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Il Fatto Quotidiano, Italy

Obama Won –
What Will House Republicans Do?


By Fabrizio Tonello

Translated By Joanna Hamer

26 November 2012

Edited by Gillian Palmer


Italy - Il Fatto Quotidiano - Original Article (Italian)

Obama won, but now he has to govern – and at the moment his most important problem is to understand what the attitude of the Republican House majority will be. GOP members can either choose limited collaboration with the president, or focus on systematic obstruction as they have done since 2008.

The first test will be the so-called fiscal cliff at the end of the year, i.e. the simultaneous rise in tax rates for all and dramatic reduction in public spending. All eyes are on the Speaker of the House, John Boehner, who in 2011 seemed to favor an agreement with Obama in which the Democrats would accept spending cuts (including sacrosanct Medicare) in exchange for the promise of future tax increases. Although the conditions seemed favorable (80 percent of the savings would come from spending cuts, whereas only 20 percent would come from tax hikes), House Republicans refused, and the problem was postponed until December 31 of this year.

Although it’s possible that an arrangement to avoid the fiscal cliff may be reached in the coming weeks, over the next four years it’s still probable that the Republicans will continue down the path of systematic obstruction that they have followed so far, particularly in regard to taxes. This is for two reasons: the constitutional system of the United States recognizes opposition over compromise, and does so especially if polarization arises from society and not from politicians.

The system, designed in 1787, was principally preoccupied with avoiding concentrations of power and was carefully designed to distribute governmental authority between various actors, making it impossible to act without an agreement between several parties. Among other things, the House, president and Senate have different term lengths and there are very few political actions that one can accomplish without the consent and collaboration of the other two. The founding fathers thought that between gentlemen one could (and should) act “for the good of the country.” But the strength of the blackmail enacted by those who refuse to budge an inch from their positions has become clear in the past four years, frustrating innumerable presidential initiatives, starting with the closing of Guantanamo.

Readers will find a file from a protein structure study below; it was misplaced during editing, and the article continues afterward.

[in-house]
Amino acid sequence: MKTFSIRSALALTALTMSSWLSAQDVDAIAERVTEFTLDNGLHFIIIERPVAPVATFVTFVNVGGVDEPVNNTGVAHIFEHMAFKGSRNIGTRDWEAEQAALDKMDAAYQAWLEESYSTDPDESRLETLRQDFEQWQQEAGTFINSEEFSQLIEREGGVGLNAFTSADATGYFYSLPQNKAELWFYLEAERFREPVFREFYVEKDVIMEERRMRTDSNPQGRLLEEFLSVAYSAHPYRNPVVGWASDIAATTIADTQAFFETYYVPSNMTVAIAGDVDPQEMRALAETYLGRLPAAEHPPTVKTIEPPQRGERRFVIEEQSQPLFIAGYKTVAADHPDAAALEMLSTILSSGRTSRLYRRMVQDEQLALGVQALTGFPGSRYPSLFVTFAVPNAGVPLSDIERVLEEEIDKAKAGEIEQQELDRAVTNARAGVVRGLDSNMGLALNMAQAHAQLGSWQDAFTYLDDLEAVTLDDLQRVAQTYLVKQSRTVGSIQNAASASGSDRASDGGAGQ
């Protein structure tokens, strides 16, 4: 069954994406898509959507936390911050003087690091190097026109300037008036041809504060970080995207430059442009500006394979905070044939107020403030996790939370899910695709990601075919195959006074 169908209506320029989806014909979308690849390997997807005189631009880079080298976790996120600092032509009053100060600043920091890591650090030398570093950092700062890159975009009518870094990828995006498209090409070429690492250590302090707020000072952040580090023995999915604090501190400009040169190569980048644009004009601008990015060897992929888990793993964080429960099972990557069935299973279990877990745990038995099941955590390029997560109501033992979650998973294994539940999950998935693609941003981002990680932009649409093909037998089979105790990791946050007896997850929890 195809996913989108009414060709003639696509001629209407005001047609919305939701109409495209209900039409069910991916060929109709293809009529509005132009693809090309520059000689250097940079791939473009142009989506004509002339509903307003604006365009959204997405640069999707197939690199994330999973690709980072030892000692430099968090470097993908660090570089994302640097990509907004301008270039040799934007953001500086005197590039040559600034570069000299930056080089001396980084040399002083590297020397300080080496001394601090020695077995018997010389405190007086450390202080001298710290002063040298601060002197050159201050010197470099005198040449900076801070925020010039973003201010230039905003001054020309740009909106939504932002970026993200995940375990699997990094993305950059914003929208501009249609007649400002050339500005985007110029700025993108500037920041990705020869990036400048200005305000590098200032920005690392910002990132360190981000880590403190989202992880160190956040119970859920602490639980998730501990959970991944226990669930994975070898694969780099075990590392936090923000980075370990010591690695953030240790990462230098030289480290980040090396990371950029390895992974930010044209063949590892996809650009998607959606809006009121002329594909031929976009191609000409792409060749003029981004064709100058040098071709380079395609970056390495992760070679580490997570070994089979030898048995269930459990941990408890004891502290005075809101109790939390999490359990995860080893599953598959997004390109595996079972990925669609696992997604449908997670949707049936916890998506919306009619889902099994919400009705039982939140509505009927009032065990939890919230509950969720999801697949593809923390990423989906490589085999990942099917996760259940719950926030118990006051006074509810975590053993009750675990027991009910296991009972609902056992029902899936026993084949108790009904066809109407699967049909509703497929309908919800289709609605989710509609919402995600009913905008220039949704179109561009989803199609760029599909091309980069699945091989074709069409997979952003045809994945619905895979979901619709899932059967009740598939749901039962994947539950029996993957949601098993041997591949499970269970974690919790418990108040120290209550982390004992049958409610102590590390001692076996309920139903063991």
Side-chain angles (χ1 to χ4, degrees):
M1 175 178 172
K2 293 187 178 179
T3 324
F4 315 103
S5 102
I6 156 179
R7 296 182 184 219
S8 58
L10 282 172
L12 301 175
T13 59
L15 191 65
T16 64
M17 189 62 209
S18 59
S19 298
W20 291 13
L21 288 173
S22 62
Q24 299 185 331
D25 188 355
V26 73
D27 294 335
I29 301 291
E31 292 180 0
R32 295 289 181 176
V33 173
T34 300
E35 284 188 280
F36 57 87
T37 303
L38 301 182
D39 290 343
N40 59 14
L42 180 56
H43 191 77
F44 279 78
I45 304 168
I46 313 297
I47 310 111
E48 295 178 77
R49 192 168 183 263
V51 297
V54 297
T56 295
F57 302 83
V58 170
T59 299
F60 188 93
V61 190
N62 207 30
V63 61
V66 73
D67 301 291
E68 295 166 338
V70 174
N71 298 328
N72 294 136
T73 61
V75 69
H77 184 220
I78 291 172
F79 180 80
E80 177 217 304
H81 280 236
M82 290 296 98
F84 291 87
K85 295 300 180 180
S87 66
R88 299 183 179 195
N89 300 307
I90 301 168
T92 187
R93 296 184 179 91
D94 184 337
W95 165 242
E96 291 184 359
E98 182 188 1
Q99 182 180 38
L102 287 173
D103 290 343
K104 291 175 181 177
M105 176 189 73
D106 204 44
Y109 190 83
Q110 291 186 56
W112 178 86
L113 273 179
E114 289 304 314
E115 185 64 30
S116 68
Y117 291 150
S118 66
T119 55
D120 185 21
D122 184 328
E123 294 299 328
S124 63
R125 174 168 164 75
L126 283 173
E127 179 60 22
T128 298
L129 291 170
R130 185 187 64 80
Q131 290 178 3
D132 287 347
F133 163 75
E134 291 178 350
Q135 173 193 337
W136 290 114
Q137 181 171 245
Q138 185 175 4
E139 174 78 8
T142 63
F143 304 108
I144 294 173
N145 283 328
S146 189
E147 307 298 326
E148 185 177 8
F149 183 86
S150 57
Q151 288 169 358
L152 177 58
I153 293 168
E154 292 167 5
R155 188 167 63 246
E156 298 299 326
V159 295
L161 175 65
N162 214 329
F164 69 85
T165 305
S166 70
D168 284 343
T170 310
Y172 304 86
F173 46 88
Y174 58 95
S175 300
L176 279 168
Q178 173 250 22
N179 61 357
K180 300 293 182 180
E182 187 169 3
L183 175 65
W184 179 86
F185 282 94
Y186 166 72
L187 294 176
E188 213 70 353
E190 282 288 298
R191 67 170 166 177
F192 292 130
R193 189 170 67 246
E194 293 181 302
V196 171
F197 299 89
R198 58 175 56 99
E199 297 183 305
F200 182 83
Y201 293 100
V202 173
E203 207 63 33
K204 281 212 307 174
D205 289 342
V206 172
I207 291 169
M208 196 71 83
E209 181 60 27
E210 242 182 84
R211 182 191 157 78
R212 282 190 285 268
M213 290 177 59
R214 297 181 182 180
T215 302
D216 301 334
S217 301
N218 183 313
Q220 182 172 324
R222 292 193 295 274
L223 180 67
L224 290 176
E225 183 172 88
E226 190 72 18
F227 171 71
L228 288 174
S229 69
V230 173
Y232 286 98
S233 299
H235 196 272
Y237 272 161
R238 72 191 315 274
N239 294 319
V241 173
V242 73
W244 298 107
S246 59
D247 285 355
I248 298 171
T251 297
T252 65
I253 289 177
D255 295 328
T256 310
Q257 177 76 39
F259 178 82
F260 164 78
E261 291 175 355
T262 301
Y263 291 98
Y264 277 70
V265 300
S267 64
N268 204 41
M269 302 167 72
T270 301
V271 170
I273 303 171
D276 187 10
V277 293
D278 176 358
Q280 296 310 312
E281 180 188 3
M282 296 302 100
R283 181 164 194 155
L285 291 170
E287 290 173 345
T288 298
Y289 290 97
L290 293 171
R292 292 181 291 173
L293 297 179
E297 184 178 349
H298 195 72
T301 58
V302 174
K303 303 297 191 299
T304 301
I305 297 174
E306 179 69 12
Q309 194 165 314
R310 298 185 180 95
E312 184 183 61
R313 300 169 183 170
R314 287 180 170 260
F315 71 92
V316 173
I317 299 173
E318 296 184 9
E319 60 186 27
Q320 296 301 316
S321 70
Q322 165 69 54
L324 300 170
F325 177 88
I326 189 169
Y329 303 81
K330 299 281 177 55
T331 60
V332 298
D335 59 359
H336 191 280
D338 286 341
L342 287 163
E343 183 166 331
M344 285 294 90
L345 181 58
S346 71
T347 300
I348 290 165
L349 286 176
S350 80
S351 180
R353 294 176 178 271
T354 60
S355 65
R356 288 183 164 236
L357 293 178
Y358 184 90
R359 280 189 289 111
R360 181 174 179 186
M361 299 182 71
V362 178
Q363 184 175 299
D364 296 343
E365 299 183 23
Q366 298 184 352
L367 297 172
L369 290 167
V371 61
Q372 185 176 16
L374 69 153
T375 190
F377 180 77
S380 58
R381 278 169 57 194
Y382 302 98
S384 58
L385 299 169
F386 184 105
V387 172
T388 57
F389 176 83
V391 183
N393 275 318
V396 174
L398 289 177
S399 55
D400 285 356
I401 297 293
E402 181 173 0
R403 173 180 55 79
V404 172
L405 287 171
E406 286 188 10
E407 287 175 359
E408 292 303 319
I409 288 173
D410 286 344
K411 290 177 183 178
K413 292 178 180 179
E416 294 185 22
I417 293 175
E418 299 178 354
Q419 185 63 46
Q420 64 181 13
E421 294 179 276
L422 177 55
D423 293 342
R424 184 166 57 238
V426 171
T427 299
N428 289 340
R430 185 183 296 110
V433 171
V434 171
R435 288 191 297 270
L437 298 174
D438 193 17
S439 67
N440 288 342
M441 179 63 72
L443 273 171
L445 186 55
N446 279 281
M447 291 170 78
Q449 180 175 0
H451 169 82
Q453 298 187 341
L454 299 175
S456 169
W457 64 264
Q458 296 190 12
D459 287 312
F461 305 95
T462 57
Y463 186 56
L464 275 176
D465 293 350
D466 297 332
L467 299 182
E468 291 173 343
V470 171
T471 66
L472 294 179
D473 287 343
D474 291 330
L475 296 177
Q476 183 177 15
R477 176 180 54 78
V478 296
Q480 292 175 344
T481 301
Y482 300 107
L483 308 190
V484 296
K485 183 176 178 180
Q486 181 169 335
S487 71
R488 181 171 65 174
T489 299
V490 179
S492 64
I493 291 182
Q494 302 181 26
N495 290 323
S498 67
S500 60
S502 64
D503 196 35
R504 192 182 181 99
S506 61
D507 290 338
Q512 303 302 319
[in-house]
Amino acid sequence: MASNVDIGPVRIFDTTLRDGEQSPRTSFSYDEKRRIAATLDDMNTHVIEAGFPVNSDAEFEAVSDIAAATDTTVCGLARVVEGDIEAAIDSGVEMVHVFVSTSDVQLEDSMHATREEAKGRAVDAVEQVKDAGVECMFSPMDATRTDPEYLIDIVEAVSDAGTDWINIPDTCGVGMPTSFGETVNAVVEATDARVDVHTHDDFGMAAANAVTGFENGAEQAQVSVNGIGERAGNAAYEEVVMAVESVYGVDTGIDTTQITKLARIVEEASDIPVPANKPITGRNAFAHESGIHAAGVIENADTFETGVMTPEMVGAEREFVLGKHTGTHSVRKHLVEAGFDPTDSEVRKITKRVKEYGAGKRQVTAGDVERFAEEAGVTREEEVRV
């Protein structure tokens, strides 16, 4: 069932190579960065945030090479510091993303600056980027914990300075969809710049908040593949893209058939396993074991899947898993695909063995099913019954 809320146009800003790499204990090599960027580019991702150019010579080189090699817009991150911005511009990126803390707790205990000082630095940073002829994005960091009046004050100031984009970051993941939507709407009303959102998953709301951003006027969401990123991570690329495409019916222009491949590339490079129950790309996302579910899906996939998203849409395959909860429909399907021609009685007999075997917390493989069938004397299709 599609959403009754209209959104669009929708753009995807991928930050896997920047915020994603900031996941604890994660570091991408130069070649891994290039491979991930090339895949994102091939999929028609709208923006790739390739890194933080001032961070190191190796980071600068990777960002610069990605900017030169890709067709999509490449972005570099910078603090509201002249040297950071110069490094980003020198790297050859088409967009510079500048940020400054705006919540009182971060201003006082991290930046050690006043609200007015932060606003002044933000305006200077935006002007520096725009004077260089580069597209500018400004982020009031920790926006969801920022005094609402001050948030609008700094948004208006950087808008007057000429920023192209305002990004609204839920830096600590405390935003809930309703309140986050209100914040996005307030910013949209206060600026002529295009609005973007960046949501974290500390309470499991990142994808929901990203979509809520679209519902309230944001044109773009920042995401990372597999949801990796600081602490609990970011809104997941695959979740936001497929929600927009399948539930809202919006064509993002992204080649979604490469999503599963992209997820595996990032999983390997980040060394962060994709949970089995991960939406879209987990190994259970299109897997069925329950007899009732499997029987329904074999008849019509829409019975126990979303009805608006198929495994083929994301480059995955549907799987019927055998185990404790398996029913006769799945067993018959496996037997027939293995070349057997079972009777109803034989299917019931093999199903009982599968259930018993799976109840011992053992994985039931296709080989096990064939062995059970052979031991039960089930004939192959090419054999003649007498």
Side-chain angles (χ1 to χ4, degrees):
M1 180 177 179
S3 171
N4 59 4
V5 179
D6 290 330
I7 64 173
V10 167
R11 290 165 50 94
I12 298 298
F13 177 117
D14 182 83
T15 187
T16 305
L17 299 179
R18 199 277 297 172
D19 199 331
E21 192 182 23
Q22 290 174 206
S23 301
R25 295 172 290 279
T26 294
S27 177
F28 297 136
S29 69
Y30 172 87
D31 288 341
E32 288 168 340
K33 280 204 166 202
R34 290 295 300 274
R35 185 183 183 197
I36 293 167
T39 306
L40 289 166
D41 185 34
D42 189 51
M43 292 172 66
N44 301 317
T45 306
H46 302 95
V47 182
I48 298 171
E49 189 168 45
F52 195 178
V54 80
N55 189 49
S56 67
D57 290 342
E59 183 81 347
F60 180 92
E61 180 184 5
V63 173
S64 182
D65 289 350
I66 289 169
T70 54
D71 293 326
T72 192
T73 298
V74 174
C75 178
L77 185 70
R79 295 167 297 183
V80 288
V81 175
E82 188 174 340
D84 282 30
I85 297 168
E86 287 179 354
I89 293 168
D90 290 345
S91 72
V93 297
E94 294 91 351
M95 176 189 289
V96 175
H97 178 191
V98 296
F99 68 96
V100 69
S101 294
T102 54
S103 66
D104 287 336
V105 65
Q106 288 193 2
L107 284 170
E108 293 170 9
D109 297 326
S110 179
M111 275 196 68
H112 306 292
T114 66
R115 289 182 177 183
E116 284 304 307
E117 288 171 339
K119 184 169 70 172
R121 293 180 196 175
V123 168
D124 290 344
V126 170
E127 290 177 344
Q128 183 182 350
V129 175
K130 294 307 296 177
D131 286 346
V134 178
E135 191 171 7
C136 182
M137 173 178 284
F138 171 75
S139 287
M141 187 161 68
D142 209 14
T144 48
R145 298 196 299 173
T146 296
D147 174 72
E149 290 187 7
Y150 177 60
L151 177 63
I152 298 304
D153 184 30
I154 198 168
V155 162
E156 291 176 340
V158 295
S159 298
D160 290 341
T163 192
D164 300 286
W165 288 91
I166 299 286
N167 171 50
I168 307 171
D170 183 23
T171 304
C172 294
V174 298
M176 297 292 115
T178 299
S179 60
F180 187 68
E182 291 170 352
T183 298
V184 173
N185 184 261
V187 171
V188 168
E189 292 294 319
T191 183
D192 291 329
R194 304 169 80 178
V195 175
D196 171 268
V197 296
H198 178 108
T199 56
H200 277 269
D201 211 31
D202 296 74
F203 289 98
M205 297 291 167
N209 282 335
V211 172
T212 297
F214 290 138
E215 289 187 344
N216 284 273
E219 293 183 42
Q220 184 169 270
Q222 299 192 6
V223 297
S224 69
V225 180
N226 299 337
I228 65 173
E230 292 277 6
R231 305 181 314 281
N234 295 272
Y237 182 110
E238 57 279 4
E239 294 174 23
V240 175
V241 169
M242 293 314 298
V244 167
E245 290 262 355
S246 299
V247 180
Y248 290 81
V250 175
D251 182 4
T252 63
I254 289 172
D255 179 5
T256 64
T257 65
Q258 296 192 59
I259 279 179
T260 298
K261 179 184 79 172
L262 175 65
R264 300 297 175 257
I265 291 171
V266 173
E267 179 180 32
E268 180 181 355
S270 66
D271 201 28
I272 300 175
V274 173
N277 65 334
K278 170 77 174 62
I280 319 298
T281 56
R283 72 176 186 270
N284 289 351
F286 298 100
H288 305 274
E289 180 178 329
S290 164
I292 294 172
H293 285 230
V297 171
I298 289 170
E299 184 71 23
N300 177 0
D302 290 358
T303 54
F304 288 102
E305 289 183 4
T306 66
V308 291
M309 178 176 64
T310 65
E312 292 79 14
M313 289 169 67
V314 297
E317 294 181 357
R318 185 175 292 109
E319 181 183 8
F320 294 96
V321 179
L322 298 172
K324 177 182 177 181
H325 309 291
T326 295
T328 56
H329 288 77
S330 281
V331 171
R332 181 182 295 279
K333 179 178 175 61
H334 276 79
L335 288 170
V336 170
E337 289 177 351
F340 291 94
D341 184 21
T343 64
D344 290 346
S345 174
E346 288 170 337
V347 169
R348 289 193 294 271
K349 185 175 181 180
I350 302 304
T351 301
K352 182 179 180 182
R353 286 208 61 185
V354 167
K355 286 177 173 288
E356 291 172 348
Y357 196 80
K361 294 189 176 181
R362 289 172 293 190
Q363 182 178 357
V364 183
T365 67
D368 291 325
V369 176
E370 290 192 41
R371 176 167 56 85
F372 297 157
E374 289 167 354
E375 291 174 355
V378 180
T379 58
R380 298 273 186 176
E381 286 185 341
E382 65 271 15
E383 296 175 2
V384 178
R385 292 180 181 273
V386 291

In the last four years, the Republicans have successfully used filibustering in the Senate and negotiations on the debt ceiling in the House to paralyze the Obama administration. Their purpose was not, in reality, to obtain specific concessions from the president, but rather to block legislative actions in order to be able to accuse Obama of “not achieving anything” and so prevent his re-election. Given the failure of this electoral strategy, today it’s being said that the party should adopt a more conciliatory position, in particular on immigration, which could possibly lead to reform. This is important because 70 percent of Latinos voted for Obama in the presidential election and the Republicans know that they need to reconcile with this portion of the electorate. On every other subject, polarization remains; it’s easy to predict that the legislative results of Obama’s second term are likely to be modest.



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